Ventricular septal defects are common in human infants, but the genetic programs that control ventricular septation are poorly understood. Here we report that mice with a targeted disruption of the cardiovascular basic helix-loop-helix factor (CHF)1/Hey2 gene show isolated ventricular septal defects. These defects result primarily in failure to thrive. Mice often succumbed within the first 3 wk after birth and showed pulmonary and liver congestion. The penetrance of this phenotype varied, depending on genetic background, suggesting the presence of modifier genes. Expression patterns of other cardiac-specific genes were not affected. Of the few animals on a mixed genetic background that survived to adulthood, most developed a cardiomyopathy but did not have ventricular septal defects. Our results indicate that CHF1 plays an important role in regulation of ventricular septation in mammalian heart development and is important for normal myocardial contractility. These mice provide a useful model for the study of the ontogeny and natural history of ventricular septal defects and cardiomyopathy.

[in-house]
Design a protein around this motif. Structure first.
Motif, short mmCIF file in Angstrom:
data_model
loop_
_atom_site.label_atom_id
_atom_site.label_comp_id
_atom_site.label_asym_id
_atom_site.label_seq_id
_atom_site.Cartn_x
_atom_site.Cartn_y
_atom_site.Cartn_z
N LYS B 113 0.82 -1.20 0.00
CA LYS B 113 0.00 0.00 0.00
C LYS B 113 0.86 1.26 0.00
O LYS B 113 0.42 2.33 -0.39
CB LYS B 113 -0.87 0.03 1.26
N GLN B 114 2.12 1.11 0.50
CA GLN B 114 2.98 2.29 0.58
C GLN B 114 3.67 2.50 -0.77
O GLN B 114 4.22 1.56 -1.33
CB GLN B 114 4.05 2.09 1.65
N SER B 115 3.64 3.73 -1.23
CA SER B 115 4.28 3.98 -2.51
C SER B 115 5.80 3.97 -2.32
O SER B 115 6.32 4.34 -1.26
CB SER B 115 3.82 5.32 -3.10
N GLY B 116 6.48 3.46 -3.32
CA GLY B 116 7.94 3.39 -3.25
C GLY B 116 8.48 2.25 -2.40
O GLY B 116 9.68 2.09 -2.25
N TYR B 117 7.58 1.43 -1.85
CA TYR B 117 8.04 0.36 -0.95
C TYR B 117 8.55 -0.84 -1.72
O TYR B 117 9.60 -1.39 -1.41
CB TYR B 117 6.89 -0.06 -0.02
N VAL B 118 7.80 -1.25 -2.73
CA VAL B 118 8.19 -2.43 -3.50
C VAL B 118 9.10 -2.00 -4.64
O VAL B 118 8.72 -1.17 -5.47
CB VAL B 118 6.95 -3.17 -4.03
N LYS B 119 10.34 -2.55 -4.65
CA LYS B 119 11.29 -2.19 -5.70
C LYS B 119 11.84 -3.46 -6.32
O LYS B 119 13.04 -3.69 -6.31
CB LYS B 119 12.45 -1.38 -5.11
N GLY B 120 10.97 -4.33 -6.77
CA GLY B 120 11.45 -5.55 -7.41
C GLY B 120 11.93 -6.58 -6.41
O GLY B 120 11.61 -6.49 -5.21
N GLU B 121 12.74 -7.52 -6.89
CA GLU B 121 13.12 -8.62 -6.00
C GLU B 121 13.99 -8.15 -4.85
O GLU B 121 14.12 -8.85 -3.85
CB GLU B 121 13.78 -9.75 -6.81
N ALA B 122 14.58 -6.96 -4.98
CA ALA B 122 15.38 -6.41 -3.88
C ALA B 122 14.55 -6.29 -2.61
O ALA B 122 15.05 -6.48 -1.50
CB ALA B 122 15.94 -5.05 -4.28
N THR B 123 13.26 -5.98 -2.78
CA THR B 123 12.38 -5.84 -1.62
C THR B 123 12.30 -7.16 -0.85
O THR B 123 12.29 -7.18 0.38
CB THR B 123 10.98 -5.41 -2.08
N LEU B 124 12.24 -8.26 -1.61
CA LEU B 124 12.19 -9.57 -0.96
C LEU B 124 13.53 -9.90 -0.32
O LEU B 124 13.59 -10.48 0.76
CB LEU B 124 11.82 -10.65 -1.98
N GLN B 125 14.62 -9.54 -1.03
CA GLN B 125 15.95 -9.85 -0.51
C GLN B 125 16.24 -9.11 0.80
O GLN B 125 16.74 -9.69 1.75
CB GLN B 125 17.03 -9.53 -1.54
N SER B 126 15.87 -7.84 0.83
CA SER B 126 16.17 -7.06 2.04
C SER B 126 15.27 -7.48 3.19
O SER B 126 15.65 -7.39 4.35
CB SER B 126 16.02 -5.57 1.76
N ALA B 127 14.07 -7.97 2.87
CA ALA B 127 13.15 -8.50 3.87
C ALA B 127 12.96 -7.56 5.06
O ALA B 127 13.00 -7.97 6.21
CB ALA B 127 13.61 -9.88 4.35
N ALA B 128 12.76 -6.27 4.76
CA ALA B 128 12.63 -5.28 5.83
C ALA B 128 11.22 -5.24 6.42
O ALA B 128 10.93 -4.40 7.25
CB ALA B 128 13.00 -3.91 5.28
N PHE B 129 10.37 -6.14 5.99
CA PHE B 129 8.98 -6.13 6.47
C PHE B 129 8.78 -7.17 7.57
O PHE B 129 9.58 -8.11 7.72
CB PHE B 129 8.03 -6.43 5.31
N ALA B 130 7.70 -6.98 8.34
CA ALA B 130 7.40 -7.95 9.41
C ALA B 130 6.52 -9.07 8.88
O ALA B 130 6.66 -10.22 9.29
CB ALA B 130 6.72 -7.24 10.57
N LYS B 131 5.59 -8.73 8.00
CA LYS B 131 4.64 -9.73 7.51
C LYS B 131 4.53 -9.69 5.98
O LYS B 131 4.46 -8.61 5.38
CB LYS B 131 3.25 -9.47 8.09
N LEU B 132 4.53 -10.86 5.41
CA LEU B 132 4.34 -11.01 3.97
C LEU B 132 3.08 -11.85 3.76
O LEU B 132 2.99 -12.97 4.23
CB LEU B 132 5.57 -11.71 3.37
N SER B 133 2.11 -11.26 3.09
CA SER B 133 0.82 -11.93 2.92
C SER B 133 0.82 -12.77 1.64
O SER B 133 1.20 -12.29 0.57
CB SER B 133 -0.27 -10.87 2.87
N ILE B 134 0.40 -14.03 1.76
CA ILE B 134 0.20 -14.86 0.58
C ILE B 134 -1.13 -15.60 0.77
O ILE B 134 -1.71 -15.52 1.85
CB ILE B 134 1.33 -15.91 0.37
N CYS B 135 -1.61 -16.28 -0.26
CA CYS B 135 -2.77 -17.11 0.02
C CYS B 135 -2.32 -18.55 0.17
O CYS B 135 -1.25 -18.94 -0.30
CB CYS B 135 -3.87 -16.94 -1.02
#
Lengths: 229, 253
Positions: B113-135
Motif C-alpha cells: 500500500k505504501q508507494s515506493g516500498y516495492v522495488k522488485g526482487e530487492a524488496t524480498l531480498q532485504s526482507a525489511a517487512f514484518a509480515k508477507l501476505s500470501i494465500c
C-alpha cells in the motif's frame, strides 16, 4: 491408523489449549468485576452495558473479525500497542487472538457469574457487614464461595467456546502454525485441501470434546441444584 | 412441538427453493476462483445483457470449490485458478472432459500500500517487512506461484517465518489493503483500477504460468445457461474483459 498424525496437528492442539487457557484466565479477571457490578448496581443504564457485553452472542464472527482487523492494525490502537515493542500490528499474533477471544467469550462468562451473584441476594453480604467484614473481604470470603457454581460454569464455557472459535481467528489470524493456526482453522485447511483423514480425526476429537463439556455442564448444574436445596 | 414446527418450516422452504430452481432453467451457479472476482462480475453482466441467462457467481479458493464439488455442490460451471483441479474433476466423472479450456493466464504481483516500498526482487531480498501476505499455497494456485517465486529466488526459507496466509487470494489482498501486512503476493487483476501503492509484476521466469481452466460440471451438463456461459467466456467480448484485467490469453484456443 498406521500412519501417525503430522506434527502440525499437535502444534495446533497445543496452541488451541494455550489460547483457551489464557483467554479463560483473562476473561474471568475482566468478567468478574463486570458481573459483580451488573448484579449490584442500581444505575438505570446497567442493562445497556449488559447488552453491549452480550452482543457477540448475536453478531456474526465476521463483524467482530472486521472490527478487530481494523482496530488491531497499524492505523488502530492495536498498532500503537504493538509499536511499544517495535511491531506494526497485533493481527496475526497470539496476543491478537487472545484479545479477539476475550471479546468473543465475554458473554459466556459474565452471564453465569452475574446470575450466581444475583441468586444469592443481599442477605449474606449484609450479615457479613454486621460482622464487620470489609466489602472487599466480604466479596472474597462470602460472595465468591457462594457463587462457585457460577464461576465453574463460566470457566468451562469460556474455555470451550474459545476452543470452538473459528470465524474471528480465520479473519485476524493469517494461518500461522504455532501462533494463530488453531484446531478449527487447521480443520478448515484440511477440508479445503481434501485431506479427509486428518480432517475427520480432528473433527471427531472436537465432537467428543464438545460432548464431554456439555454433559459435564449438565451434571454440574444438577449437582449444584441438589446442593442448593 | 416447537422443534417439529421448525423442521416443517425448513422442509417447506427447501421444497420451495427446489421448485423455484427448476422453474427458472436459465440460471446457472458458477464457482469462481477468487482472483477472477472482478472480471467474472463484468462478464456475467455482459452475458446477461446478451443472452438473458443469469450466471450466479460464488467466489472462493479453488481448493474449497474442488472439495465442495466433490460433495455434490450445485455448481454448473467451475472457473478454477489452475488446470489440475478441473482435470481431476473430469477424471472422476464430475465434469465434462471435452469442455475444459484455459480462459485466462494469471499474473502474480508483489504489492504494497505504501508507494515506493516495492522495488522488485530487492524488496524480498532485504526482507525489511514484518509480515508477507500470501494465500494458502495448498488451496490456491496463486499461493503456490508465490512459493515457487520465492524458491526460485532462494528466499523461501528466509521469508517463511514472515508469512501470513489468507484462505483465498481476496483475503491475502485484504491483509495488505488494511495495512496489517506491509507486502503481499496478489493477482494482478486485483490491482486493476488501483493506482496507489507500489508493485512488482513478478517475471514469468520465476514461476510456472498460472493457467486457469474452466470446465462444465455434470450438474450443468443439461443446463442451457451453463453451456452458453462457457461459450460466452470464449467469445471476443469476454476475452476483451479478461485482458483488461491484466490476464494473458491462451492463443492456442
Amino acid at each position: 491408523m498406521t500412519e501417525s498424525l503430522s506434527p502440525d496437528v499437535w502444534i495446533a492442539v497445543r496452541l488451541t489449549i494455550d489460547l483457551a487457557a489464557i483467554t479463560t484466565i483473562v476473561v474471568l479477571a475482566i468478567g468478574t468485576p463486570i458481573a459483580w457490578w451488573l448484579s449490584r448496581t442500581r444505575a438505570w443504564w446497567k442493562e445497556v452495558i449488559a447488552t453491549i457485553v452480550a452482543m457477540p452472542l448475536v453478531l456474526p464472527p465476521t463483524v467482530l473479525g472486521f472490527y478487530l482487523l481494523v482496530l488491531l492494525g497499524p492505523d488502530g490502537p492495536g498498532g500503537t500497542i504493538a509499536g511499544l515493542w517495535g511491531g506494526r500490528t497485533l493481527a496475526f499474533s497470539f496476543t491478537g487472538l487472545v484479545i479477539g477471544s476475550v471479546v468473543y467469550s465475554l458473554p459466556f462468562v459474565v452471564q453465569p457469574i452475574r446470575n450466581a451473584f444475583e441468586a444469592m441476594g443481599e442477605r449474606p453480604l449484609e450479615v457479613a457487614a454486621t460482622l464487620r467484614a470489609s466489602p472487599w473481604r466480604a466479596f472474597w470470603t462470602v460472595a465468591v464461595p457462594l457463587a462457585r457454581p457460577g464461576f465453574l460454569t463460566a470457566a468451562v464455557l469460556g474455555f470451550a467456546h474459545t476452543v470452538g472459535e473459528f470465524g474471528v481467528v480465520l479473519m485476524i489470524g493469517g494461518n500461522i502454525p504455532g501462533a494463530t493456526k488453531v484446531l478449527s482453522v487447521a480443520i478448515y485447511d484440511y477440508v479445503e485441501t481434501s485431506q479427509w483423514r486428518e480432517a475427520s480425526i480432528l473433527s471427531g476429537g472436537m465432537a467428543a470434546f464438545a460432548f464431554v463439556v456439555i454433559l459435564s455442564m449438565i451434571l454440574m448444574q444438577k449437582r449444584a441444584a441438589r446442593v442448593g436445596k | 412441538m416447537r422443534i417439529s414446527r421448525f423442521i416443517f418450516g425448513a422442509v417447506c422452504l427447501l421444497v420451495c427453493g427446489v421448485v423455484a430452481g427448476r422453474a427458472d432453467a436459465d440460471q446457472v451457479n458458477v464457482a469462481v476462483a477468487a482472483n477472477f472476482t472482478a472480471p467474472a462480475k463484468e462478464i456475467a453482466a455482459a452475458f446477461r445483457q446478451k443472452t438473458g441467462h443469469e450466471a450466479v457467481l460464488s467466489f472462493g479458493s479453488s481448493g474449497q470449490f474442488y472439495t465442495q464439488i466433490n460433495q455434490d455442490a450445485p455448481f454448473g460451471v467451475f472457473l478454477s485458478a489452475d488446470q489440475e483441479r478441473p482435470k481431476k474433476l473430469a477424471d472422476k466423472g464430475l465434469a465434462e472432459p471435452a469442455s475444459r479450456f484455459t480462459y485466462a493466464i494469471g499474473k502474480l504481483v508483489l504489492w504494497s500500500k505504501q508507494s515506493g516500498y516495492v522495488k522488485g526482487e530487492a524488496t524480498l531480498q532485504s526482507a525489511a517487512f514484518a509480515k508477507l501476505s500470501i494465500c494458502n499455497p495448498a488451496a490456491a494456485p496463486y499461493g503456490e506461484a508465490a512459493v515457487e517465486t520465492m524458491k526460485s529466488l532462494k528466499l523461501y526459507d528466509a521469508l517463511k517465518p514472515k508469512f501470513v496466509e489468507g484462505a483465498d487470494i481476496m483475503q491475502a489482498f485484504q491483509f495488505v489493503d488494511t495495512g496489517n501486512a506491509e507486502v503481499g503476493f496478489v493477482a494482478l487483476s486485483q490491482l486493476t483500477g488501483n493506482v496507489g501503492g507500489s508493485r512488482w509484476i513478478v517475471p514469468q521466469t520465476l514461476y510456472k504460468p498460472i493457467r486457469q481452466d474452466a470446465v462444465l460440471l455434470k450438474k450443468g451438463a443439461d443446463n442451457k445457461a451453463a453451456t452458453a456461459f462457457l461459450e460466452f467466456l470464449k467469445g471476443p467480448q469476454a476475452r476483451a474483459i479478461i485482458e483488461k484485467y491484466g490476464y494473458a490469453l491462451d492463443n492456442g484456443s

|Number of pages||6|
|Journal||Proceedings of the National Academy of Sciences of the United States of America|
|Publication status||Published - 2002 Dec 10|
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